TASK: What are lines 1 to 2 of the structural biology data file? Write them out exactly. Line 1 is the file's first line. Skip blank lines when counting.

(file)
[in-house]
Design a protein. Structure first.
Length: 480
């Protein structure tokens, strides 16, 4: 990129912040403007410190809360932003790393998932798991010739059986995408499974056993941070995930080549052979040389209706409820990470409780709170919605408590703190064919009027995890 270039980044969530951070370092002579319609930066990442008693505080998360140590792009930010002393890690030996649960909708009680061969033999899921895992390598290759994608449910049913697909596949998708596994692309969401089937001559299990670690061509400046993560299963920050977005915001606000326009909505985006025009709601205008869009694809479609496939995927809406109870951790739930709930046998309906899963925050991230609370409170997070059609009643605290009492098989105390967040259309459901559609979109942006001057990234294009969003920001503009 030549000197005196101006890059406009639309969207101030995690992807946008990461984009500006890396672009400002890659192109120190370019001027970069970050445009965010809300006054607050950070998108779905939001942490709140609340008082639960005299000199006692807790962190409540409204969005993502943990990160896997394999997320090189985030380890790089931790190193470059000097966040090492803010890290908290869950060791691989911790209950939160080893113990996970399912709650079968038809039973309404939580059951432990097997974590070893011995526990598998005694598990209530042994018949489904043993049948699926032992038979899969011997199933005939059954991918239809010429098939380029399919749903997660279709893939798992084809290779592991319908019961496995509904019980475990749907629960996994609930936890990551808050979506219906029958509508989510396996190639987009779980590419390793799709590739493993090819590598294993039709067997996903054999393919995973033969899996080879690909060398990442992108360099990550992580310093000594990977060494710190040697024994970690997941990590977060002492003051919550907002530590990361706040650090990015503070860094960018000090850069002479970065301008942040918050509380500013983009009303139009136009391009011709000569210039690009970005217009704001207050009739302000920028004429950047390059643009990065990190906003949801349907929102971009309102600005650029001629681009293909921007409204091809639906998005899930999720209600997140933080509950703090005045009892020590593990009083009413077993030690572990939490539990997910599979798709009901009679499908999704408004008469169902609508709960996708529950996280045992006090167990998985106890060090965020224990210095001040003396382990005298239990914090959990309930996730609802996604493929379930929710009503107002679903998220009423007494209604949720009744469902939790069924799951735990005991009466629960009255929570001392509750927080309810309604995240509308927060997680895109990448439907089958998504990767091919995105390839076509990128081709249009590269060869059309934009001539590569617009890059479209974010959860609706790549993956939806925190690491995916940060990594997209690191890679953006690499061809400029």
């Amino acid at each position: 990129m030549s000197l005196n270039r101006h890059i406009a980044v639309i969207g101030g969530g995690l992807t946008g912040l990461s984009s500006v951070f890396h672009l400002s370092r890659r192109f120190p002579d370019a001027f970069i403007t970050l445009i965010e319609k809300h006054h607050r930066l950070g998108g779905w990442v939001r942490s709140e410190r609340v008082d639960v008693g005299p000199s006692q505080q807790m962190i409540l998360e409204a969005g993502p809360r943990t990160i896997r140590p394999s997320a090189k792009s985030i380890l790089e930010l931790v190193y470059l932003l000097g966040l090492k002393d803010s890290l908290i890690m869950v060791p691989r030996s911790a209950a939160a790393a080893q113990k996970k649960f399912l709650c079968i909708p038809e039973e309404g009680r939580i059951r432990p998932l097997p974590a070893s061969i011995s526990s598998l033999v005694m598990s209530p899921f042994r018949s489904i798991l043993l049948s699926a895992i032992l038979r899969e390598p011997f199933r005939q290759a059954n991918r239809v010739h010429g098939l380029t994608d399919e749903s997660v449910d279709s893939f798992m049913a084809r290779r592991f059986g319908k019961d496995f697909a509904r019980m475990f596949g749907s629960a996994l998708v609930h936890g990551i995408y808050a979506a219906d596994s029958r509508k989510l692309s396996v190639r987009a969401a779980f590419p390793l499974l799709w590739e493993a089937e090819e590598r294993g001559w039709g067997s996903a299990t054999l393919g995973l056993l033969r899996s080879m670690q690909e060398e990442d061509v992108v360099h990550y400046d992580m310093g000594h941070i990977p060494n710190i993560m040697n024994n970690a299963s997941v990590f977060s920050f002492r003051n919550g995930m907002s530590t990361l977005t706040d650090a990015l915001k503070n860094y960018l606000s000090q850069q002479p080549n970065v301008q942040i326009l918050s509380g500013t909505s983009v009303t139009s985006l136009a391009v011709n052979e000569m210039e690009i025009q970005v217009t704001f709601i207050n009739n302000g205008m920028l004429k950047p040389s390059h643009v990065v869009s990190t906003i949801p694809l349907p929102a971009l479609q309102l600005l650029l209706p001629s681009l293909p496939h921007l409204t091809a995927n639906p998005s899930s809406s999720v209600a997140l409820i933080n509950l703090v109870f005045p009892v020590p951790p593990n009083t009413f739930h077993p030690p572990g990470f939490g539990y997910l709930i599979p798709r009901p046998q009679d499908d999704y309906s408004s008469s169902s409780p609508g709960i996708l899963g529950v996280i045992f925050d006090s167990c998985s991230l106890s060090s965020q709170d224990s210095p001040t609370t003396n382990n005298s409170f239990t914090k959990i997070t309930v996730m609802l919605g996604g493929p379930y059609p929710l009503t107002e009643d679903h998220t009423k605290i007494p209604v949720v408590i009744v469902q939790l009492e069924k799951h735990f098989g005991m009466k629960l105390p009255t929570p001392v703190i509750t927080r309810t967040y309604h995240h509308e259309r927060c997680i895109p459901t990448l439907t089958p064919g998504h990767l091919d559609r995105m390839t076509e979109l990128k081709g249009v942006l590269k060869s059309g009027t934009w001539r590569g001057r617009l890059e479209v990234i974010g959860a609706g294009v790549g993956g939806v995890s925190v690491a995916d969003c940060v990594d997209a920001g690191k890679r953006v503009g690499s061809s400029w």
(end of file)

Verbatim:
[in-house]
Design a protein. Structure first.